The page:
• Enzyme DNA polymerase catalyses DNA replication. It can polymerise only in 5’→3’ direction
  • Replication is continuous in a strand with 5’→3’ direction, called leading strand, where the template strand has 3’→5’ polarity, called leading strand template
  • Replication is discontinuous in lagging strand template where the template strand has 5’→3’ polarity

Transcription

The genetic information present in DNA(one segment only) is copied into RNA. Adenine pairs with Uracil instead of Thymine in RNA. Transcription of DNA involves three regions –  the structural gene, promoter, terminator. The RNA polymerase catalyses transcription and while the direction of transcription is the same as that of replication by DNA polymerase, i.e. 5’→3’ direction. Template strand has a 3’→5’ polarity acting as a template for RNA formation known as antisense strand. Coding strand has a 5’→3’ polarity and is also known as a sense strand. In addition is consists of the structural gene, promoter, terminator, exons and introns.

Genetic code

These are the sequences of bases in mRNA coding for a specific amino acid in the synthesis of proteins. Here every code is composed of three nucleotides known as triplet. Totally, there are 64 codons where 61 code for amino acids. the rest 3 are known as stop codons as they do not code for any amino acid. AUG is the start codon and codes for amino acid methionine as well.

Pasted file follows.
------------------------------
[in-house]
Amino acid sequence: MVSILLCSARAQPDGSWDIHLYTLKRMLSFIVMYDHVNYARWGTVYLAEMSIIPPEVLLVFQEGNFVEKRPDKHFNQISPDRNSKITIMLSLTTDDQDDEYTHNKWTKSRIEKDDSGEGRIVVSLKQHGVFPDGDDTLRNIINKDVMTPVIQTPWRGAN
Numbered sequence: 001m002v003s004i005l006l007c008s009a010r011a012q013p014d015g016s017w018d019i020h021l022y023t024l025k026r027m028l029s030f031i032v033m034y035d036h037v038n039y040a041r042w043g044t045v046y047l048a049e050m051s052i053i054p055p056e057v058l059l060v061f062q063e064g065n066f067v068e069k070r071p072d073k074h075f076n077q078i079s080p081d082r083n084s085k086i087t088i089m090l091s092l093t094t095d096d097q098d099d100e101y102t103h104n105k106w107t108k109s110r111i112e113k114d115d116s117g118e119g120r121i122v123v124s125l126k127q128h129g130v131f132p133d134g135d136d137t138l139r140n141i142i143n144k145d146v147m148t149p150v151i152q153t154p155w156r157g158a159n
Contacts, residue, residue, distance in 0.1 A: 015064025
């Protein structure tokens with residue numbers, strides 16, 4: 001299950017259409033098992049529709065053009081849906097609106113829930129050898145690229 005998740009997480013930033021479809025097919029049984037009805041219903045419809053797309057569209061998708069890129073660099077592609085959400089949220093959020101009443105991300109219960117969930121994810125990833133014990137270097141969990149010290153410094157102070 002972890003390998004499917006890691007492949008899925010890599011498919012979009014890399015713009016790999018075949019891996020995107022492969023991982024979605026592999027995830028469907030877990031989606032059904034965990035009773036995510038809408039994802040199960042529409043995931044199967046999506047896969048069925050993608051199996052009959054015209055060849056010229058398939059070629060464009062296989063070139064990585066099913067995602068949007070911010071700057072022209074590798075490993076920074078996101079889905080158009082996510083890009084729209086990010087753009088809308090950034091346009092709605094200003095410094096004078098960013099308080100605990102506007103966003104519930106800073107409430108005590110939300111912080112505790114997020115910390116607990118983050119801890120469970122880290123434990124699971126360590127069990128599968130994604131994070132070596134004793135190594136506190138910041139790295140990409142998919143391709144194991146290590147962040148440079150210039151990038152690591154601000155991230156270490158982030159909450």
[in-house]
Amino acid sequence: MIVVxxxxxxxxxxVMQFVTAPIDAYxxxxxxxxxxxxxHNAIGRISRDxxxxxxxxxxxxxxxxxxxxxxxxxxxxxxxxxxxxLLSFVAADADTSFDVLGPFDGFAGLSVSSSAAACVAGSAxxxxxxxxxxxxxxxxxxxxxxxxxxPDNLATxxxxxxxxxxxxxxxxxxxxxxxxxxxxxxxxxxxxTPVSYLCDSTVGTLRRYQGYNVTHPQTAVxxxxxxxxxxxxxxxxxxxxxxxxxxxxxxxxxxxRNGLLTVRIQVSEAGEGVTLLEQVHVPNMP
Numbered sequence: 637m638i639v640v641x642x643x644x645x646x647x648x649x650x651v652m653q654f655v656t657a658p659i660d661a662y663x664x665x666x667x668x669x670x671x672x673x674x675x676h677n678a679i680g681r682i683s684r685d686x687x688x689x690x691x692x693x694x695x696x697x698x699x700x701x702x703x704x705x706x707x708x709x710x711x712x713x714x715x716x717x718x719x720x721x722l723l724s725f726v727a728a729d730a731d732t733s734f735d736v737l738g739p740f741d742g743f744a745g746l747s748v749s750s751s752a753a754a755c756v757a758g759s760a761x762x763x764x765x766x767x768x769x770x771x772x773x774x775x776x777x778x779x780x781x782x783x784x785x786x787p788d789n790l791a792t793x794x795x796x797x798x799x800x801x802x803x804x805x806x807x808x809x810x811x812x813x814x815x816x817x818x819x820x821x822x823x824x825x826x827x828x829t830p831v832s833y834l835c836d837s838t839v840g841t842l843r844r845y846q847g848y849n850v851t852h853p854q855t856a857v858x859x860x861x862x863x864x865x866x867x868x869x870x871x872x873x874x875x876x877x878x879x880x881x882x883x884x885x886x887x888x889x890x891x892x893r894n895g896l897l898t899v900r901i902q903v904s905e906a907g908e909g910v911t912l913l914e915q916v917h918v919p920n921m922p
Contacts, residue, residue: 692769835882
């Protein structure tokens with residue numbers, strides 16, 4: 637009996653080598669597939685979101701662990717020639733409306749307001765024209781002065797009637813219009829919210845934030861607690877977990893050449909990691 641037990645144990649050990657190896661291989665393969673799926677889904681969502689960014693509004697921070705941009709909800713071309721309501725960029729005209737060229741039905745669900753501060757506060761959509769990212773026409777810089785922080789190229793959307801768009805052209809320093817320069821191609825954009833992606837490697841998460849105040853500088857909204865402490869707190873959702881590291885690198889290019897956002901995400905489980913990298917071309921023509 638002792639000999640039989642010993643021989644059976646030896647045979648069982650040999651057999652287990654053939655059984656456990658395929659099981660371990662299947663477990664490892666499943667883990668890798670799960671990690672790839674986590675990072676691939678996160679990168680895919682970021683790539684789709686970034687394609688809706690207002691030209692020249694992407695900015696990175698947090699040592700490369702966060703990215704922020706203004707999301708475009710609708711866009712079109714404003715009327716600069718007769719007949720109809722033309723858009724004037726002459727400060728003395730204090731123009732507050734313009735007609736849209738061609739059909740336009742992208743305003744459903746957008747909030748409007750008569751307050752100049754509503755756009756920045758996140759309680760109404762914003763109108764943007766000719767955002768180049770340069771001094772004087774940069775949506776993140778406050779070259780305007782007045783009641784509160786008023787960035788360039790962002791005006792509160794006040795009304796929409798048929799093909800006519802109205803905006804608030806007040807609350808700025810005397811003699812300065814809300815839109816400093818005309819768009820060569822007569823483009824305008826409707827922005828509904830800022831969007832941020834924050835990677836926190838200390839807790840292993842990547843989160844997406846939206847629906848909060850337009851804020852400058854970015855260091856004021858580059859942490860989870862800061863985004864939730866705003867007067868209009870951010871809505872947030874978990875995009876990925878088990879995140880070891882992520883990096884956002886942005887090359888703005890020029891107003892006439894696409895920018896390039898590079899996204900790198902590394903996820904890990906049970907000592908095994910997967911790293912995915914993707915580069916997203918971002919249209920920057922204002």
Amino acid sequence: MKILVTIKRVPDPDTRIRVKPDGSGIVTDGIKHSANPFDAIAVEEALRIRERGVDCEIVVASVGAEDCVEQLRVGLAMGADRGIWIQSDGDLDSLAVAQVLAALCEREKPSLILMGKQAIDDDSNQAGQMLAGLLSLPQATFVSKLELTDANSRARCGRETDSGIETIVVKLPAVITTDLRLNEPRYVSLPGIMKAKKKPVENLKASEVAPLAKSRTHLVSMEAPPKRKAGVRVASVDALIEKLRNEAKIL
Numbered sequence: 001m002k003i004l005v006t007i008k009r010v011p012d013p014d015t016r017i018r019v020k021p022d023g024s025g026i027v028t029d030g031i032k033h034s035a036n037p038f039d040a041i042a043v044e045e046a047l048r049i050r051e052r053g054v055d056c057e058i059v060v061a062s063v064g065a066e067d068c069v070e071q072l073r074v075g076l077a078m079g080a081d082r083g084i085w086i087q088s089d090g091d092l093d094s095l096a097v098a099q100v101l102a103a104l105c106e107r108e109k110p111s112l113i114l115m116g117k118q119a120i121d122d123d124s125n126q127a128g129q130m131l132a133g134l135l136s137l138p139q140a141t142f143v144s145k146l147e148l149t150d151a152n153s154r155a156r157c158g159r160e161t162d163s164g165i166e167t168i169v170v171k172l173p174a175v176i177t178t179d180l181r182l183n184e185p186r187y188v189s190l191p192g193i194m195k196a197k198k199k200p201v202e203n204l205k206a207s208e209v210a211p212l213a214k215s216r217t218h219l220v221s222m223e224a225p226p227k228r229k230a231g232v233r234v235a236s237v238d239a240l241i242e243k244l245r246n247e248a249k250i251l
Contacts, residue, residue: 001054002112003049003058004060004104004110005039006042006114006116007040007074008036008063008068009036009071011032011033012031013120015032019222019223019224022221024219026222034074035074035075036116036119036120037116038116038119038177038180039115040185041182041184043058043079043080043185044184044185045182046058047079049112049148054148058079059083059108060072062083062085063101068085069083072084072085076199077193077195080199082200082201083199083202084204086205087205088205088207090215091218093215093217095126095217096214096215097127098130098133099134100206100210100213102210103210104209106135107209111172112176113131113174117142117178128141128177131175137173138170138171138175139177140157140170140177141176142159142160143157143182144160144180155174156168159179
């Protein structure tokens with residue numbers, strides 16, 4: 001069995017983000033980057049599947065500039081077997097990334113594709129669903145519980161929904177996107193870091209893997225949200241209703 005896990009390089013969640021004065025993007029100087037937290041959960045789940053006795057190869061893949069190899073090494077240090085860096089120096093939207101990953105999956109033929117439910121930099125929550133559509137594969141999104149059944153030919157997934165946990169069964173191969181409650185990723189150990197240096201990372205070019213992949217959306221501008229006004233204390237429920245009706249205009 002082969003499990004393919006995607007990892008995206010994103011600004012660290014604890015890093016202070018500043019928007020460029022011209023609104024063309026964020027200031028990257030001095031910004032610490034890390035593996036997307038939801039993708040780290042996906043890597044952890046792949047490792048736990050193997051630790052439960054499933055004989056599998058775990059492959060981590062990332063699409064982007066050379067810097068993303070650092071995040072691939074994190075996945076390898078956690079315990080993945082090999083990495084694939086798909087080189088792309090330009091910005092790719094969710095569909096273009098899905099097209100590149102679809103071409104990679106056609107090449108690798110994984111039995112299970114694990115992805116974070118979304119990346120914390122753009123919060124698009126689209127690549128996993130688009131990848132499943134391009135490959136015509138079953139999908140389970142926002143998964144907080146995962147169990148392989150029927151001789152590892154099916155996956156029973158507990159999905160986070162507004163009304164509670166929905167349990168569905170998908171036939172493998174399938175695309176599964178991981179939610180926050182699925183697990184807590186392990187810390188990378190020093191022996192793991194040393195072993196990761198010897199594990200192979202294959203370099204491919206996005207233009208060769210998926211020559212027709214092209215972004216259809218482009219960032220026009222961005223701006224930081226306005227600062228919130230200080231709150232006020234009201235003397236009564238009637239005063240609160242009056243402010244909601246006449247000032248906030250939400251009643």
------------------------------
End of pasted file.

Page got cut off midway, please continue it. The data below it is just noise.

Mutations and Genetic Code

A change in the single base pair causes point mutation. Example – sickle cell anaemia in the gene coding for the 𝛽-globin chain. As a result Glutamate in the normal protein gets converted to Valine in the sickle cell. The reading frame at the point of deletion or insertion is changed when there is a loss or gain of one or two base pairs. This is known as frameshift mutation.

Translation

It is the process of amino acid polymerisation. Amino acids are joined by peptide bonds. All three RNAs(mRNA, tRNA and rRNA) have a different role in the process of translation. First stage in this process of translation is aminoacylation of tRNA. Ribosomes are a protein manufacturing factory, acting as a catalyst in the formation of a peptide bond. Translation process is in the 5’→3’ direction always.  There are two sites in the large subunit of a ribosome accommodating two tRNAs with amino acids close enough to form a peptide bond

Regulation Of Gene Expression

  • Expression of a gene to form polypeptide can be regulated at different levels in eukaryotes
    1. At the time of formation of a primary transcript, i.e. transcription
    2. At the time of processing or splicing
    3. At the time of transportation of mRNA from the nucleus to the cytosol
    4. At the time of protein synthesis, i.e. translation
  • Gene expression is regulated by environmental, physiological and metabolic conditions
  • The development and differentiation of embryo is a result of coordinated regulation and expression of several sets of genes
  • Control of gene expression in prokaryotes is mainly at the initiation of transcription
  • The activity of RNA polymerase at the start site is regulated by regulatory proteins, which can be a repressor or activator
  • The accessibility of the promoter region is regulated by an operator sequence adjacent to it, that binds with the specific protein, mostly a repressor. There is a specific operator and repressor protein in a specific operator

Read More: DNA Fingerprinting

Few Important Questions

  • What is Polymorphism?
  • What is DNA fingerprinting?
  • List out the functions of Promoter?
  • Differentiate between mRNA and tRNA?
  • List out the goals of the Human Genome Project?

Learn more about Heredity, Law of Inheritance, chromosomes, and genes from the topics given below: